About 25 kilometers southwest of Bergen on the Norwegian west coast is a small fishing village called Telavåg. During the first half of the Second World War, the village was a hub for agents arriving by boat from Britain to Norway. From Telava they were later sent to their destinations/quests in Norway. Transport also went in the opposite direction for people wishing to flee to the UK. Most of the time, the transport went to the Shetland Islands and from there to the British mainland. But it was also a risky business for those involved, which would turn out one day in April 1942. Two agents had arrived by boat and were kept hidden in a house in Telavåg. The Germans had learned about this through an informant and on April 26 sent about 60 men to Telavåg to arrest the agents. When the agents were confronted, a gun battle was erupted, where two officers from the Gestapo were killed along with one of the agents. During the attack, a large number of weapons were also found.

The German commissar Josef Terboven could not let this go unnoticed and therefore decided to set an example. On April 30, all the inhabitants of Telavåg were arrested, all the buildings were burned down, the boats in the harbor were destroyed/submerged and all the cattle were slaughtered. All men between the ages of 16 and 60 who were not murdered were sent to the Sachsenhausen concentration camp in Germany. Of these, 31 were killed. Women and children were sent to Fremne’s school outside Norheimsund about fifty kilometres east of Bergen where they were imprisoned for about two years before they were released. The Germans also had information signs in nearby villages that it was strictly forbidden to settle in Telavåg and that this would be punished with death. No other village in Norway was hit as hard during the war as Telavåg. On the day of the massacre, the two Gestapo officers were honored with state burial in Bergen.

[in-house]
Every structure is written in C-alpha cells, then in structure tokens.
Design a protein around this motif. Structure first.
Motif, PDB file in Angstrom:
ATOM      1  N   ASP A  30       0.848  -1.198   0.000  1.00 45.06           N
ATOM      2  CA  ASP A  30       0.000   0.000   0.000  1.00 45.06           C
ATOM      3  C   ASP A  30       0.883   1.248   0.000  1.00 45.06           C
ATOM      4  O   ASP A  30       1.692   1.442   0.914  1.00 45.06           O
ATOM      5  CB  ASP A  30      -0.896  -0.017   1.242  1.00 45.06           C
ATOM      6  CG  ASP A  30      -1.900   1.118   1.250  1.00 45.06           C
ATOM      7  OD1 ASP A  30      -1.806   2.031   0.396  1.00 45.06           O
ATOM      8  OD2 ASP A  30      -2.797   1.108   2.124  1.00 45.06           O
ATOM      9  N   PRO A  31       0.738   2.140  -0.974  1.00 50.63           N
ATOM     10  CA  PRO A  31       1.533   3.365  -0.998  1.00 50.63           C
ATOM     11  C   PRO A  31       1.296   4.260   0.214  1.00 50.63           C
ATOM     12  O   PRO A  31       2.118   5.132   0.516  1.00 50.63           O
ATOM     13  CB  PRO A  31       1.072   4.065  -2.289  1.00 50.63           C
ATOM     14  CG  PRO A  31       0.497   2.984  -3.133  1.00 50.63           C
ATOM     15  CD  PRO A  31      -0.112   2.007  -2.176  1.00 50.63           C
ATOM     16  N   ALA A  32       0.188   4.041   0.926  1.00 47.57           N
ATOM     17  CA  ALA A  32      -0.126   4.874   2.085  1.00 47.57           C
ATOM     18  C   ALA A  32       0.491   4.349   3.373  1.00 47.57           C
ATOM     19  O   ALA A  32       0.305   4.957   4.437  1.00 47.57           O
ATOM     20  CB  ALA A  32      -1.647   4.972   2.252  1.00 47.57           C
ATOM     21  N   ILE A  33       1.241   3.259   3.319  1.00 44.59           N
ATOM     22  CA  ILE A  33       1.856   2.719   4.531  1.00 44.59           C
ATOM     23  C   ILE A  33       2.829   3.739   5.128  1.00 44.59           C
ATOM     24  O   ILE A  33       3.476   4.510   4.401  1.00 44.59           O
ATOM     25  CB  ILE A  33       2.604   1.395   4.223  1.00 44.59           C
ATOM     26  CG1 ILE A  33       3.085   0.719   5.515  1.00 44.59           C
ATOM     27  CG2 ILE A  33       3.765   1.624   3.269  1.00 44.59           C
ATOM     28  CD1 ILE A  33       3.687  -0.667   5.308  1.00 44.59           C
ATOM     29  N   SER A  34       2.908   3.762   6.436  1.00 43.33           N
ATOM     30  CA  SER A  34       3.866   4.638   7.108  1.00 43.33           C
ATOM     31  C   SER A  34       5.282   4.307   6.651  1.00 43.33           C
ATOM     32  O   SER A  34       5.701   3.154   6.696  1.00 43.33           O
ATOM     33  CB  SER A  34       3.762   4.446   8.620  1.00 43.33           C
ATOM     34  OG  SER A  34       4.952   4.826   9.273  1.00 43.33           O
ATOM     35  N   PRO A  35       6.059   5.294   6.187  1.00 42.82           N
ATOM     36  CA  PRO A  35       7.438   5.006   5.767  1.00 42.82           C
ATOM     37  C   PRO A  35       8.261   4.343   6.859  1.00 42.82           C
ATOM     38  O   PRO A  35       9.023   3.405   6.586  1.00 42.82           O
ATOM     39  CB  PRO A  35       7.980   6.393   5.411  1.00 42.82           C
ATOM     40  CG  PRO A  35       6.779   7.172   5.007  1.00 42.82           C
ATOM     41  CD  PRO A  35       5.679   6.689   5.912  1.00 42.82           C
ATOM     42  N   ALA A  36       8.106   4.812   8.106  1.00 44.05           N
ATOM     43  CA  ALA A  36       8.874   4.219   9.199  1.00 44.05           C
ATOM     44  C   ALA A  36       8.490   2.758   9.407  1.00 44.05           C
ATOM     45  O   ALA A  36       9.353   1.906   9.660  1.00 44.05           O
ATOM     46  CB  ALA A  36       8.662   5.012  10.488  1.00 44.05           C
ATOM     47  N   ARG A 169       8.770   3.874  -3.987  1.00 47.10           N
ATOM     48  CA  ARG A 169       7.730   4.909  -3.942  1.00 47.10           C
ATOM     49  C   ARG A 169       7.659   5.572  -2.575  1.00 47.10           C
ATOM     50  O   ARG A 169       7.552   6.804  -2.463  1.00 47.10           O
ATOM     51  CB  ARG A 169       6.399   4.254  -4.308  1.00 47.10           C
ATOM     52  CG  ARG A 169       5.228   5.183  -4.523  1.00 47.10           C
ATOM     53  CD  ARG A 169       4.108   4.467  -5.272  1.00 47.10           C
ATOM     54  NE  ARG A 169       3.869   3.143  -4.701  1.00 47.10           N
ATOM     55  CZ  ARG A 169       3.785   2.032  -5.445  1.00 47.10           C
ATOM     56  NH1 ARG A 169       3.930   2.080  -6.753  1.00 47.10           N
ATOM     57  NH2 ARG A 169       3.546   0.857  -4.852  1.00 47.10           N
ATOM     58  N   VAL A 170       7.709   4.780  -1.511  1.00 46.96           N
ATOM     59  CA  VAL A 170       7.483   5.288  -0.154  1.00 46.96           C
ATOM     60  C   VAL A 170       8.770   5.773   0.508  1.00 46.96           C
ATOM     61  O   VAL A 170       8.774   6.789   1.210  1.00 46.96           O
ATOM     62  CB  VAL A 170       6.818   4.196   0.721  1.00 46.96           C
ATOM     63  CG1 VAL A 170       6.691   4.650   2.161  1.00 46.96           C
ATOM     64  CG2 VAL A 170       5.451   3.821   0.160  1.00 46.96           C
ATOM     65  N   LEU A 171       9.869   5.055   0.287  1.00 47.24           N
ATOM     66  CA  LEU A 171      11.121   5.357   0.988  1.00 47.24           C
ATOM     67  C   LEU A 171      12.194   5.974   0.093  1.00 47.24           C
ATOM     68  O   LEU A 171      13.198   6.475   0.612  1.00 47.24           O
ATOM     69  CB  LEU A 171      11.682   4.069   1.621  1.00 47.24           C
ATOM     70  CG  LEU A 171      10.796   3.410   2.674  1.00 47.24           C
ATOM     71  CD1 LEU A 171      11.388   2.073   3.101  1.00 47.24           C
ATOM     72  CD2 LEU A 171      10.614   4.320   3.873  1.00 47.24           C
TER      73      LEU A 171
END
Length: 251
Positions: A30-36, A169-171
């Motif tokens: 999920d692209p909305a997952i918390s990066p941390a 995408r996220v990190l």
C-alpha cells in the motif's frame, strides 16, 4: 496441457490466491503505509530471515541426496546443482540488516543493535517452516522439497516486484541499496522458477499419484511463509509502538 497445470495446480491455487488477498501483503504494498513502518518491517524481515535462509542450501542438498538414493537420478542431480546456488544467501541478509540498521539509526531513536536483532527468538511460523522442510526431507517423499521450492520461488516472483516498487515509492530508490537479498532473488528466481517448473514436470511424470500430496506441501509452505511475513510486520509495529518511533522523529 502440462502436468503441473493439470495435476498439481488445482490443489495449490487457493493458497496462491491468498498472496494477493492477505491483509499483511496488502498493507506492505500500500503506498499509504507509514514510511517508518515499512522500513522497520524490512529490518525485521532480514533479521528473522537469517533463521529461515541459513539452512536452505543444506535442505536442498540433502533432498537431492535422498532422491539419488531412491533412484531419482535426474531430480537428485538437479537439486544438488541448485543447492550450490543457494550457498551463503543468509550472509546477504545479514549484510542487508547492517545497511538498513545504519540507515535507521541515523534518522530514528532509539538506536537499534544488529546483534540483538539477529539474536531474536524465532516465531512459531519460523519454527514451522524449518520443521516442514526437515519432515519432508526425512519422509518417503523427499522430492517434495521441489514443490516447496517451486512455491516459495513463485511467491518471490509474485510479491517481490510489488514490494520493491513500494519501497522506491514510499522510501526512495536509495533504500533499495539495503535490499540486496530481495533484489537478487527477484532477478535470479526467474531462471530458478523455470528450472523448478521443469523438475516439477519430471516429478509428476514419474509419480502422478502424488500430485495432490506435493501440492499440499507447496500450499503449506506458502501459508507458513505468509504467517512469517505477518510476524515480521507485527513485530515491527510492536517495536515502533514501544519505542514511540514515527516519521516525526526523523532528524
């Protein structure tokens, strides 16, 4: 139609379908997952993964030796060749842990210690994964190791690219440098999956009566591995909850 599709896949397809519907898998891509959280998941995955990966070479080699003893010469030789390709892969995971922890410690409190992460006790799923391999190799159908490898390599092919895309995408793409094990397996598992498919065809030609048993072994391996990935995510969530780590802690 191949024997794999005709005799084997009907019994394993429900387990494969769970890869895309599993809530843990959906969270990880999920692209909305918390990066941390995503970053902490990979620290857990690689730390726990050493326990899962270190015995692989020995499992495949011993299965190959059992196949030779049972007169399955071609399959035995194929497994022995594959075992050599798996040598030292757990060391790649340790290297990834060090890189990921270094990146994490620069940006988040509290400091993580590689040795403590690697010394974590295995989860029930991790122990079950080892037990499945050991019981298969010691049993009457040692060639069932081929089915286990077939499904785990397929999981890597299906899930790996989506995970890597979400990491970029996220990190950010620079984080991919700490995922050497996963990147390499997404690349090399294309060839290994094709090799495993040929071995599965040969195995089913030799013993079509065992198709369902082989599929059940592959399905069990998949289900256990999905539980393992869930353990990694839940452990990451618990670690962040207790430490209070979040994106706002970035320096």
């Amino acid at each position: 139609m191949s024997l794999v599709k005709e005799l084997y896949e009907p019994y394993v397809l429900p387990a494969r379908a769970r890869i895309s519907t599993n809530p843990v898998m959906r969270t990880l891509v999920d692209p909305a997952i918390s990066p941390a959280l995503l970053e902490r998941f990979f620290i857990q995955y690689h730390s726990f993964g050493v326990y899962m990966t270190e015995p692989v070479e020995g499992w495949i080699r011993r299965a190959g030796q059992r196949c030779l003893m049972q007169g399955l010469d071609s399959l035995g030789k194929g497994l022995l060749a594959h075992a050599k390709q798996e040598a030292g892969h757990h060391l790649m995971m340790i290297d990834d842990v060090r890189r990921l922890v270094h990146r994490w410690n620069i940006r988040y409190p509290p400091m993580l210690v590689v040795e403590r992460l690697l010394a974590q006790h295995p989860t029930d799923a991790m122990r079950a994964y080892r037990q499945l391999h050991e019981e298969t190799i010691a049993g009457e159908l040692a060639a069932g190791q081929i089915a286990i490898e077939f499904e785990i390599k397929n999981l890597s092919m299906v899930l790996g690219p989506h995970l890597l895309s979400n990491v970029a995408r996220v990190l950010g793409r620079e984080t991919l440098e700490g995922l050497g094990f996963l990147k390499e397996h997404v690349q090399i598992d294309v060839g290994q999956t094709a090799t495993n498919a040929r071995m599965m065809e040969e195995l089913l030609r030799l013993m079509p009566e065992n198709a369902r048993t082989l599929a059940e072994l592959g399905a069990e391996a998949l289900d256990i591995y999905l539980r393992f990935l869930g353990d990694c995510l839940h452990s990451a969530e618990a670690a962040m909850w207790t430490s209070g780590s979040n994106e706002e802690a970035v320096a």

Current status: Museum (2019).

Address: Årvikadalen 20, 5380 Telavåg.

Get there: Car.

My comment:

What happened to Telavåg was exactly the same as happened to Lidice in Czech Republic, Oradour in France, Khatyn in Belarus or Kragujevac in Serbia, but is not as well known. The basis of the massacres at these sites was exactly the same as in Tela, but perhaps it is its seclusion on the Norwegian west coast that has made it unable to find its way to people’s consciousness. After the war, the Tela was rebuilt. At the museum, which is also about the transport of agents and others during the Second World War, there is an interesting exhibition and, above all, an interesting film about the massacre.

Follow up in books: Mackenzie, W.J.M.: The Secret History of SOE: The Special Operations Executive 1940 – 1945 (2002).